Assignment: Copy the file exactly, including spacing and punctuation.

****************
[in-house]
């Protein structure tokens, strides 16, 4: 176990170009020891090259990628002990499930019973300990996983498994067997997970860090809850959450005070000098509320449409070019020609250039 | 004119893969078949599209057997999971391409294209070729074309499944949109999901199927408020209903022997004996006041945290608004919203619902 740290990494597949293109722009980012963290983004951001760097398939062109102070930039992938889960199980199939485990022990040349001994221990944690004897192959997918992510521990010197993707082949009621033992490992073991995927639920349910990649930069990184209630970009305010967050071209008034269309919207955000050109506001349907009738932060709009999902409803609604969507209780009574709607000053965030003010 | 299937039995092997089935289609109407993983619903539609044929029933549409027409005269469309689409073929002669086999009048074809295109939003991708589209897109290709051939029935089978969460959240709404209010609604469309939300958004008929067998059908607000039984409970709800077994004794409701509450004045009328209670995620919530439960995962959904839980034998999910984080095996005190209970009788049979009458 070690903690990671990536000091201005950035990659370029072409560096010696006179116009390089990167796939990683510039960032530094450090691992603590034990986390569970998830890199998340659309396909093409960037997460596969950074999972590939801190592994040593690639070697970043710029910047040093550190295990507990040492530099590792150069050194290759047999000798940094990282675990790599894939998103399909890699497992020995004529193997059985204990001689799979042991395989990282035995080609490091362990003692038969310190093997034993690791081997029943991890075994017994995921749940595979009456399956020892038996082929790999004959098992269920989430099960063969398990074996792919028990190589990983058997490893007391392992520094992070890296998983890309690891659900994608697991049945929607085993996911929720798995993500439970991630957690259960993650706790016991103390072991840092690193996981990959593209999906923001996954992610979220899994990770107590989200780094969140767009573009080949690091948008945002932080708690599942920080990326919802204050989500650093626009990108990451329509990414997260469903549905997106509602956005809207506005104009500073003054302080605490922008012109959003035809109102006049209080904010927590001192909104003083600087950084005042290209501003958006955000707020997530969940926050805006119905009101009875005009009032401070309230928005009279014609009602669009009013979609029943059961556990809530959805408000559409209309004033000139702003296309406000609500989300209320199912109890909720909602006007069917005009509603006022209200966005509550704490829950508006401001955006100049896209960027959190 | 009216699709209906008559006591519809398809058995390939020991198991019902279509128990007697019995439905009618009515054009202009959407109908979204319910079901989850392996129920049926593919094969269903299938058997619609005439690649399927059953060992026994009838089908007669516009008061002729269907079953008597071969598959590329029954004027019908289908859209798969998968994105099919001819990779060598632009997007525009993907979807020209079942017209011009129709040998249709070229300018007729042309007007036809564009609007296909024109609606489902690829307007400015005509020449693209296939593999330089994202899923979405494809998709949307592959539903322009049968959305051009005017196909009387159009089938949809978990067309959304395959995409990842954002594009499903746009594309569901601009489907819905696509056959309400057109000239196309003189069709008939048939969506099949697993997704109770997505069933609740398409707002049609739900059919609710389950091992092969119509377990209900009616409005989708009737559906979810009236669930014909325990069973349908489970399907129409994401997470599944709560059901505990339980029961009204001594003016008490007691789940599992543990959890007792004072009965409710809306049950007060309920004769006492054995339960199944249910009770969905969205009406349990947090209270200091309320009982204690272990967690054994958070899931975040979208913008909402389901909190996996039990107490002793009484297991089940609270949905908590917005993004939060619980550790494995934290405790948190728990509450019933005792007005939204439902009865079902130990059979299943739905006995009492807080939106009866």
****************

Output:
[in-house]
């Protein structure tokens, strides 16, 4: 176990170009020891090259990628002990499930019973300990996983498994067997997970860090809850959450005070000098509320449409070019020609250039 | 004119893969078949599209057997999971391409294209070729074309499944949109999901199927408020209903022997004996006041945290608004919203619902 740290990494597949293109722009980012963290983004951001760097398939062109102070930039992938889960199980199939485990022990040349001994221990944690004897192959997918992510521990010197993707082949009621033992490992073991995927639920349910990649930069990184209630970009305010967050071209008034269309919207955000050109506001349907009738932060709009999902409803609604969507209780009574709607000053965030003010 | 299937039995092997089935289609109407993983619903539609044929029933549409027409005269469309689409073929002669086999009048074809295109939003991708589209897109290709051939029935089978969460959240709404209010609604469309939300958004008929067998059908607000039984409970709800077994004794409701509450004045009328209670995620919530439960995962959904839980034998999910984080095996005190209970009788049979009458 070690903690990671990536000091201005950035990659370029072409560096010696006179116009390089990167796939990683510039960032530094450090691992603590034990986390569970998830890199998340659309396909093409960037997460596969950074999972590939801190592994040593690639070697970043710029910047040093550190295990507990040492530099590792150069050194290759047999000798940094990282675990790599894939998103399909890699497992020995004529193997059985204990001689799979042991395989990282035995080609490091362990003692038969310190093997034993690791081997029943991890075994017994995921749940595979009456399956020892038996082929790999004959098992269920989430099960063969398990074996792919028990190589990983058997490893007391392992520094992070890296998983890309690891659900994608697991049945929607085993996911929720798995993500439970991630957690259960993650706790016991103390072991840092690193996981990959593209999906923001996954992610979220899994990770107590989200780094969140767009573009080949690091948008945002932080708690599942920080990326919802204050989500650093626009990108990451329509990414997260469903549905997106509602956005809207506005104009500073003054302080605490922008012109959003035809109102006049209080904010927590001192909104003083600087950084005042290209501003958006955000707020997530969940926050805006119905009101009875005009009032401070309230928005009279014609009602669009009013979609029943059961556990809530959805408000559409209309004033000139702003296309406000609500989300209320199912109890909720909602006007069917005009509603006022209200966005509550704490829950508006401001955006100049896209960027959190 | 009216699709209906008559006591519809398809058995390939020991198991019902279509128990007697019995439905009618009515054009202009959407109908979204319910079901989850392996129920049926593919094969269903299938058997619609005439690649399927059953060992026994009838089908007669516009008061002729269907079953008597071969598959590329029954004027019908289908859209798969998968994105099919001819990779060598632009997007525009993907979807020209079942017209011009129709040998249709070229300018007729042309007007036809564009609007296909024109609606489902690829307007400015005509020449693209296939593999330089994202899923979405494809998709949307592959539903322009049968959305051009005017196909009387159009089938949809978990067309959304395959995409990842954002594009499903746009594309569901601009489907819905696509056959309400057109000239196309003189069709008939048939969506099949697993997704109770997505069933609740398409707002049609739900059919609710389950091992092969119509377990209900009616409005989708009737559906979810009236669930014909325990069973349908489970399907129409994401997470599944709560059901505990339980029961009204001594003016008490007691789940599992543990959890007792004072009965409710809306049950007060309920004769006492054995339960199944249910009770969905969205009406349990947090209270200091309320009982204690272990967690054994958070899931975040979208913008909402389901909190996996039990107490002793009484297991089940609270949905908590917005993004939060619980550790494995934290405790948190728990509450019933005792007005939204439902009865079902130990059979299943739905006995009492807080939106009866």